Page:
And this wasn’t limited to patients with premium health insurance. Since the beginning of the pandemic, the Centers for Medicare and Medicaid Services (CMS) added 144 virtual care services, including emergency department visits and initial inpatient and nursing facility visits, among others—all of which are covered by Medicare. According to CMS data, more than 24.5 million of the 63 million Medicare beneficiaries and enrollees have received a telemedicine service during the pandemic.

    “Across health plans, behavioral health dominates telehealth claims. That's a trend that is likely to continue after the pandemic due to the availability of mental healthcare on demand and the comfort of receiving care from the privacy of home–both of which impact the patient experience,” McGillin said.

    Concerns and issues to overcome

    Of course, there are challenges and barriers to universal virtual care access. According to the Amwell survey, some physicians have raised concerns over insurance reimbursements following virtual care delivery, and others are worried about its clinical appropriateness. A recent survey published on our PhysicianSense blog revealed similar concerns.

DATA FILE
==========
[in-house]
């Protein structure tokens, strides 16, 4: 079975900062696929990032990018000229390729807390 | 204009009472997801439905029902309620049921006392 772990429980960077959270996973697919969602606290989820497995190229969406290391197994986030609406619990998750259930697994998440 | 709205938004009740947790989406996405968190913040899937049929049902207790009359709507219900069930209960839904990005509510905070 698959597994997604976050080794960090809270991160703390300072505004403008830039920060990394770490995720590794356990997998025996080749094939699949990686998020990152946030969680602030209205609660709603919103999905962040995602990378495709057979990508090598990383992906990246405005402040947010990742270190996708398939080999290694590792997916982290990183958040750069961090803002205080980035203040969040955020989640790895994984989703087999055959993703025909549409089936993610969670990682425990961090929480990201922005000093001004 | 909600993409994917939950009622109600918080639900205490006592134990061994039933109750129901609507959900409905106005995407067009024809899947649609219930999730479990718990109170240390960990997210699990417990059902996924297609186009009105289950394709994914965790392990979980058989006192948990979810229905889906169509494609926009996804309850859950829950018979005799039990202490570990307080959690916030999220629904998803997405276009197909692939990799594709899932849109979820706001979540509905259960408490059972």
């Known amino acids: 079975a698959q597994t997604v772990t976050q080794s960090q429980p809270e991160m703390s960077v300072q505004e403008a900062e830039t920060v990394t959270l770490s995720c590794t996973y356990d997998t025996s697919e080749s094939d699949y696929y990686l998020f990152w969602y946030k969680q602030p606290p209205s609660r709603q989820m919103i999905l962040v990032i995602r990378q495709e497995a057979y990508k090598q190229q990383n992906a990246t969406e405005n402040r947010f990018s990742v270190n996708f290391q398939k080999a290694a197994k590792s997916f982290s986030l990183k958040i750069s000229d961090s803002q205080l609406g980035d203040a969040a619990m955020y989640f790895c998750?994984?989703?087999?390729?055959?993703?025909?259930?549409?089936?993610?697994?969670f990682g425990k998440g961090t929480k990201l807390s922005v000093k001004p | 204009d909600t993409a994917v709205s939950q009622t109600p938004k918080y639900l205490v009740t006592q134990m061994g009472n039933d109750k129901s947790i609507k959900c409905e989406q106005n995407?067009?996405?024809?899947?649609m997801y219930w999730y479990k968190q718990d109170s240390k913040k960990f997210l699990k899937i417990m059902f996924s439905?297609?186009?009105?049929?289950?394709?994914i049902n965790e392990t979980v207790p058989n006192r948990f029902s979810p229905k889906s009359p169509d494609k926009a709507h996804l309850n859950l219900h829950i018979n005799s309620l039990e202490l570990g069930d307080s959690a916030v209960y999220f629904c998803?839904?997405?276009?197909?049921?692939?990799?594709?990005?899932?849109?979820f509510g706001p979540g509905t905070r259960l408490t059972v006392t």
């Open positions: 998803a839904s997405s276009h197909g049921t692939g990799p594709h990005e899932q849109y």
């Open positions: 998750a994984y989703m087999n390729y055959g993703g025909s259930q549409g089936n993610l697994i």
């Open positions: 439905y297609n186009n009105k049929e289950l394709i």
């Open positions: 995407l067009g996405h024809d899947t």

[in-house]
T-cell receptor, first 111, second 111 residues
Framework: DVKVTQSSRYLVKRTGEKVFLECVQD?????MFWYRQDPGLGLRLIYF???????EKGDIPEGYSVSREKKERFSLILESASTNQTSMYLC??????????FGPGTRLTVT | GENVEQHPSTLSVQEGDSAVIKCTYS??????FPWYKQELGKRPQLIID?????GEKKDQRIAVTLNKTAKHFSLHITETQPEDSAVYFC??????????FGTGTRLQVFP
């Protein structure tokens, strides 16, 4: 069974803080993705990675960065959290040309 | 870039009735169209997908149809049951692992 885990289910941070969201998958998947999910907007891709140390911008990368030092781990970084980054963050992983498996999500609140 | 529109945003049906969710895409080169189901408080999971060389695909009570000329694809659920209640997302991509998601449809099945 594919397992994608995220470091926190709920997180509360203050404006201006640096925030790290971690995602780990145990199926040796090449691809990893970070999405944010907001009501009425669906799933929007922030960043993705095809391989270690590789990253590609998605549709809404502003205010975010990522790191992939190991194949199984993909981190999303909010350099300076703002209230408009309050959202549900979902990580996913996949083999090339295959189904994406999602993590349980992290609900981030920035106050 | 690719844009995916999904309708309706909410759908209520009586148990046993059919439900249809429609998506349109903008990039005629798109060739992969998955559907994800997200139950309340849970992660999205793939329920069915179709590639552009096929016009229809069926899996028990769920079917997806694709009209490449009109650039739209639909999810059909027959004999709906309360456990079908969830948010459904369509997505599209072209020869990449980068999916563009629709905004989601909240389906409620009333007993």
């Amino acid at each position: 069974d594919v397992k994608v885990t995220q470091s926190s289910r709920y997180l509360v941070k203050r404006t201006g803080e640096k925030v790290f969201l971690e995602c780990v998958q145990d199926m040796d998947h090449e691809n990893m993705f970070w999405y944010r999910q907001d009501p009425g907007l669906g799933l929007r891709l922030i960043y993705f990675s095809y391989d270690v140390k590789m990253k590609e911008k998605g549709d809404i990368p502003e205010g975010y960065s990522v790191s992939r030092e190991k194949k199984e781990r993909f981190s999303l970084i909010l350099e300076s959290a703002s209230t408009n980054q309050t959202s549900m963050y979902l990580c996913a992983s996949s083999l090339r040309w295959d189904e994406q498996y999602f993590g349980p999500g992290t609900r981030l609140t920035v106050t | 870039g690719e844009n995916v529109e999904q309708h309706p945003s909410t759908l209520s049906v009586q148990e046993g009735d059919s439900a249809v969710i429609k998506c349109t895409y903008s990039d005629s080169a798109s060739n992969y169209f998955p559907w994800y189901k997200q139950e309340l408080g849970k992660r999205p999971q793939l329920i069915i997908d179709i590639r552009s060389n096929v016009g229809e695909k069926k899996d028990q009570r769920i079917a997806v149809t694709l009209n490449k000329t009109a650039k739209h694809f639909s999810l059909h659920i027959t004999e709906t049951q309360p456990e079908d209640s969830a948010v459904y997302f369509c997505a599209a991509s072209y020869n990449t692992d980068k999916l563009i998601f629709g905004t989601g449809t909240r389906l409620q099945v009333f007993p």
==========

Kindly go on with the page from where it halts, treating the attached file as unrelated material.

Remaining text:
Authors of the JMS review wrote that “several physicians had concerns regarding patient privacy policies, or whether telemedicine assessment was acceptable or met the needed standards for a complete medical examination.” What’s more, some hospitals and clinics may not have the resources or infrastructure to properly manage virtual care, and not all patients have access to the requisite technology.

    New laws and regulations, as well as upgrades to infrastructure, are needed to help establish virtual care as a standard part of medicine, the authors concluded.

    Finally, as we move further into a world of virtual care, physicians must ensure they use it to enhance, not detract from, the doctor-patient connection. While virtual care facilitates medical practice remotely, safely, and efficiently, clinicians should pay attention to emotional cues that may get lost through screens and devices, in order to provide the most appropriate care.